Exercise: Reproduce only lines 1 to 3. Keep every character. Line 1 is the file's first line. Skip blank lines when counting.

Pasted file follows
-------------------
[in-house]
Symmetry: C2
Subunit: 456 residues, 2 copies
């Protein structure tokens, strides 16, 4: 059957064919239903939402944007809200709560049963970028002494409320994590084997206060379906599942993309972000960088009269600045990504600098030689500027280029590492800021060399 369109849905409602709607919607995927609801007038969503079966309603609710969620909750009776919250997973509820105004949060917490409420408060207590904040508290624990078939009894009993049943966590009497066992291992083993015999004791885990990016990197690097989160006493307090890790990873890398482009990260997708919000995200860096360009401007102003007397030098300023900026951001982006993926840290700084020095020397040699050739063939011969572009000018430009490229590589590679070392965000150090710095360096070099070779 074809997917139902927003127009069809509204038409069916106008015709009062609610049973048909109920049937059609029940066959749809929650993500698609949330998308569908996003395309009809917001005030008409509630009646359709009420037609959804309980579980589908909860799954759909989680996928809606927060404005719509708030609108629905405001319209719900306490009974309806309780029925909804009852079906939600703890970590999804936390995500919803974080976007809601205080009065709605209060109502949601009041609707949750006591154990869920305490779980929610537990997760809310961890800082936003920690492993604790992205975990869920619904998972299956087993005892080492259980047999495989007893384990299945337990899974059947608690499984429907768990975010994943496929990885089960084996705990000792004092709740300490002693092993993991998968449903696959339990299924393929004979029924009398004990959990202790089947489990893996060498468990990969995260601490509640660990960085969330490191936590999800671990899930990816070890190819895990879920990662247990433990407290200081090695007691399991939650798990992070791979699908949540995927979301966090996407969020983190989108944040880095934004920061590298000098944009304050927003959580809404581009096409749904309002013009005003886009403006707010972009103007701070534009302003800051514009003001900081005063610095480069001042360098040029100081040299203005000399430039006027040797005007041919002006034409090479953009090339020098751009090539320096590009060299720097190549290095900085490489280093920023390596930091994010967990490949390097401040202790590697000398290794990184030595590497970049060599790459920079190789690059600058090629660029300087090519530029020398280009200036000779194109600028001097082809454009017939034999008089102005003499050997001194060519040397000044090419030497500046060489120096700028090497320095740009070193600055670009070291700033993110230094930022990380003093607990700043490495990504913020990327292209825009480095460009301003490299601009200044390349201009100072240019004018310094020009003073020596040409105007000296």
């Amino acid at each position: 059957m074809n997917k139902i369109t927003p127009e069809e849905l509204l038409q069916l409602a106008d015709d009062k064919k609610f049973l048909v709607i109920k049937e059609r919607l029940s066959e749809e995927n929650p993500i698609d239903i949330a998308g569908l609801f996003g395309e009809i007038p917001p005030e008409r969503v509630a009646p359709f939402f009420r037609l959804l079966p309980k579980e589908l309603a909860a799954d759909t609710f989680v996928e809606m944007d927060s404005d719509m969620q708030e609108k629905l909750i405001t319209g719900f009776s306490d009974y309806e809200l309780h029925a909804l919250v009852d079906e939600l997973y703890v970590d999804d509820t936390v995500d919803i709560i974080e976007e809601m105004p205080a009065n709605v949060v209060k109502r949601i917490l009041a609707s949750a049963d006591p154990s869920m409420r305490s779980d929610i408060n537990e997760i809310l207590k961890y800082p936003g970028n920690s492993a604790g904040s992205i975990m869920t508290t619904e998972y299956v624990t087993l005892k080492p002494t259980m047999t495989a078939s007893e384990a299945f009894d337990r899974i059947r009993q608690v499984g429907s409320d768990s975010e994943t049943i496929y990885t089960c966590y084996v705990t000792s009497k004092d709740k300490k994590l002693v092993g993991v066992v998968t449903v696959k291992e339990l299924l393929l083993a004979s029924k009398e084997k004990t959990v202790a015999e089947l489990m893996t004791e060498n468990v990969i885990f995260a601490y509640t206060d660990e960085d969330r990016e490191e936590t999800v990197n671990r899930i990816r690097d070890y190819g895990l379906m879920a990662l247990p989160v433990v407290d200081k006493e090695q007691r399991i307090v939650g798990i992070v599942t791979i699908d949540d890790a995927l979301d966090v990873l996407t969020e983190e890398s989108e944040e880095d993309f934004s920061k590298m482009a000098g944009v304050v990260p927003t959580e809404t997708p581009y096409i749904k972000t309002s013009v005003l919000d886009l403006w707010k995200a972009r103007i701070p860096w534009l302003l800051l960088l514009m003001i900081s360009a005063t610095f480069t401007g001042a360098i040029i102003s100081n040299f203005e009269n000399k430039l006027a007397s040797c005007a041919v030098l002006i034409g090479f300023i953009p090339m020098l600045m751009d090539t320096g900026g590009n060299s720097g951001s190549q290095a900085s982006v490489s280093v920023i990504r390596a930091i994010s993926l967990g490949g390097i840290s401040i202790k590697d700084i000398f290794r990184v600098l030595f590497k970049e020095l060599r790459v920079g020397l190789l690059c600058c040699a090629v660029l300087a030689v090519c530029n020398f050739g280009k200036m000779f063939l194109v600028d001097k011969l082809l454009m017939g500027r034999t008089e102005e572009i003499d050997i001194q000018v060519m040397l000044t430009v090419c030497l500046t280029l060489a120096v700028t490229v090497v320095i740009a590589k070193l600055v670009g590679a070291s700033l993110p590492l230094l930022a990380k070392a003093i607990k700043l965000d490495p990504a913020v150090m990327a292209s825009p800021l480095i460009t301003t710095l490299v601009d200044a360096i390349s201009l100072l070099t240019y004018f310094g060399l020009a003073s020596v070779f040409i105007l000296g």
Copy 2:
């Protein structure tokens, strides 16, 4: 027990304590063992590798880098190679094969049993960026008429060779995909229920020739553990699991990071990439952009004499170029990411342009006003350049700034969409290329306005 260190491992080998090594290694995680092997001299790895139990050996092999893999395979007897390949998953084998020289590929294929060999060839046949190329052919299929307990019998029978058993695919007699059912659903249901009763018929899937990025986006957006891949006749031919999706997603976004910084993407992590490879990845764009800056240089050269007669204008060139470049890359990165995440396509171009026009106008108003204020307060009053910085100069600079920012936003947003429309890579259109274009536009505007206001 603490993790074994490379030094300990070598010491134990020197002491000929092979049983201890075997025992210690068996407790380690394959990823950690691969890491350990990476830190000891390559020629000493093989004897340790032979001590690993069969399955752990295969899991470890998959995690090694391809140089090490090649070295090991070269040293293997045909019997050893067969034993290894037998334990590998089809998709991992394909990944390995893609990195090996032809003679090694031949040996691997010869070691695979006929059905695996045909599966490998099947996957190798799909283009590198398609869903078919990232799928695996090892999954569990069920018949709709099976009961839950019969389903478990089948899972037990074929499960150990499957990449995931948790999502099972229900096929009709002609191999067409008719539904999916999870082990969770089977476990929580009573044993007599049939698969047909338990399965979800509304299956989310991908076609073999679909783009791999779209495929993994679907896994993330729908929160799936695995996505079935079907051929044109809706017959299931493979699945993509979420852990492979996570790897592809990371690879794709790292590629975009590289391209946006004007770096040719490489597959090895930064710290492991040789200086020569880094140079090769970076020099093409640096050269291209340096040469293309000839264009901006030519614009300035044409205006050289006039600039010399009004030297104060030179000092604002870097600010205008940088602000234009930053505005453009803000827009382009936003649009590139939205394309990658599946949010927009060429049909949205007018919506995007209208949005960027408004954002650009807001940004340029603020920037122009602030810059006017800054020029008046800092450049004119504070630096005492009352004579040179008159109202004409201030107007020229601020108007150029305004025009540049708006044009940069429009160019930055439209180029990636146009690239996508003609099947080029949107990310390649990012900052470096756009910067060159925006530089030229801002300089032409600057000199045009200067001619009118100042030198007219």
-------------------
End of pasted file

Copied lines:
[in-house]
Symmetry: C2
Subunit: 456 residues, 2 copies